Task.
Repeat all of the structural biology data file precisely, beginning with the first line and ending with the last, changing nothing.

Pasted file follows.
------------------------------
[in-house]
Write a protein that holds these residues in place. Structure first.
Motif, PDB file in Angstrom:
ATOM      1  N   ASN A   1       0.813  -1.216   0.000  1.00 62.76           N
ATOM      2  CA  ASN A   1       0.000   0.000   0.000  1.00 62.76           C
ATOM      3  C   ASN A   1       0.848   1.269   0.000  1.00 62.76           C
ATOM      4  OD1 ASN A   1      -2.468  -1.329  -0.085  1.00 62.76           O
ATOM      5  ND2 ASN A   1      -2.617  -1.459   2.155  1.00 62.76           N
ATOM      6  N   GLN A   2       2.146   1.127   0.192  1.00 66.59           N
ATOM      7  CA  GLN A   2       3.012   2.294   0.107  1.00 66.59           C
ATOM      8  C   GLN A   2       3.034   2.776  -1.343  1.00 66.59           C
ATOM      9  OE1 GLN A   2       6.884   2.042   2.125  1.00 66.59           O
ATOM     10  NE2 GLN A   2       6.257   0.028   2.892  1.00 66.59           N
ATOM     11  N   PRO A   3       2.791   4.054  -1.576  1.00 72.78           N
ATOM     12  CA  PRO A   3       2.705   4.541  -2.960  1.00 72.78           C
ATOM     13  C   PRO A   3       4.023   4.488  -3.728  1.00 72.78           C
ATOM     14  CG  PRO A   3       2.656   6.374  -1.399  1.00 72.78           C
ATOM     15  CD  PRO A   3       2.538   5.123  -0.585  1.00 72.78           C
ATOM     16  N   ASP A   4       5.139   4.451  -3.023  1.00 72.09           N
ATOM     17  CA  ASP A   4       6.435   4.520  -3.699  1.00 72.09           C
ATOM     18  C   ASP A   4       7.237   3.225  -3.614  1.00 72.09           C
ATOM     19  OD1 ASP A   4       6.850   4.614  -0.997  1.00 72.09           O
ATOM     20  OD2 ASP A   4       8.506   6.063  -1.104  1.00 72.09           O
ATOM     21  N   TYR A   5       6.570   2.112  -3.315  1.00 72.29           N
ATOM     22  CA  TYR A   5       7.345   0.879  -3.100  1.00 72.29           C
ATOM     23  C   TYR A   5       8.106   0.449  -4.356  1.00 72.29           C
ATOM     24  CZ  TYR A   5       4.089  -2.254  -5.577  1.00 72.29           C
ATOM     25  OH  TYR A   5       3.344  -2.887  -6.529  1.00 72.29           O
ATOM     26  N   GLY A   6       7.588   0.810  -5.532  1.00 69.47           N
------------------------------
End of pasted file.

[in-house]
Write a protein that holds these residues in place. Structure first.
Motif, PDB file in Angstrom:
ATOM      1  N   ASN A   1       0.813  -1.216   0.000  1.00 62.76           N
ATOM      2  CA  ASN A   1       0.000   0.000   0.000  1.00 62.76           C
ATOM      3  C   ASN A   1       0.848   1.269   0.000  1.00 62.76           C
ATOM      4  OD1 ASN A   1      -2.468  -1.329  -0.085  1.00 62.76           O
ATOM      5  ND2 ASN A   1      -2.617  -1.459   2.155  1.00 62.76           N
ATOM      6  N   GLN A   2       2.146   1.127   0.192  1.00 66.59           N
ATOM      7  CA  GLN A   2       3.012   2.294   0.107  1.00 66.59           C
ATOM      8  C   GLN A   2       3.034   2.776  -1.343  1.00 66.59           C
ATOM      9  OE1 GLN A   2       6.884   2.042   2.125  1.00 66.59           O
ATOM     10  NE2 GLN A   2       6.257   0.028   2.892  1.00 66.59           N
ATOM     11  N   PRO A   3       2.791   4.054  -1.576  1.00 72.78           N
ATOM     12  CA  PRO A   3       2.705   4.541  -2.960  1.00 72.78           C
ATOM     13  C   PRO A   3       4.023   4.488  -3.728  1.00 72.78           C
ATOM     14  CG  PRO A   3       2.656   6.374  -1.399  1.00 72.78           C
ATOM     15  CD  PRO A   3       2.538   5.123  -0.585  1.00 72.78           C
ATOM     16  N   ASP A   4       5.139   4.451  -3.023  1.00 72.09           N
ATOM     17  CA  ASP A   4       6.435   4.520  -3.699  1.00 72.09           C
ATOM     18  C   ASP A   4       7.237   3.225  -3.614  1.00 72.09           C
ATOM     19  OD1 ASP A   4       6.850   4.614  -0.997  1.00 72.09           O
ATOM     20  OD2 ASP A   4       8.506   6.063  -1.104  1.00 72.09           O
ATOM     21  N   TYR A   5       6.570   2.112  -3.315  1.00 72.29           N
ATOM     22  CA  TYR A   5       7.345   0.879  -3.100  1.00 72.29           C
ATOM     23  C   TYR A   5       8.106   0.449  -4.356  1.00 72.29           C
ATOM     24  CZ  TYR A   5       4.089  -2.254  -5.577  1.00 72.29           C
ATOM     25  OH  TYR A   5       3.344  -2.887  -6.529  1.00 72.29           O
ATOM     26  N   GLY A   6       7.588   0.810  -5.532  1.00 69.47           N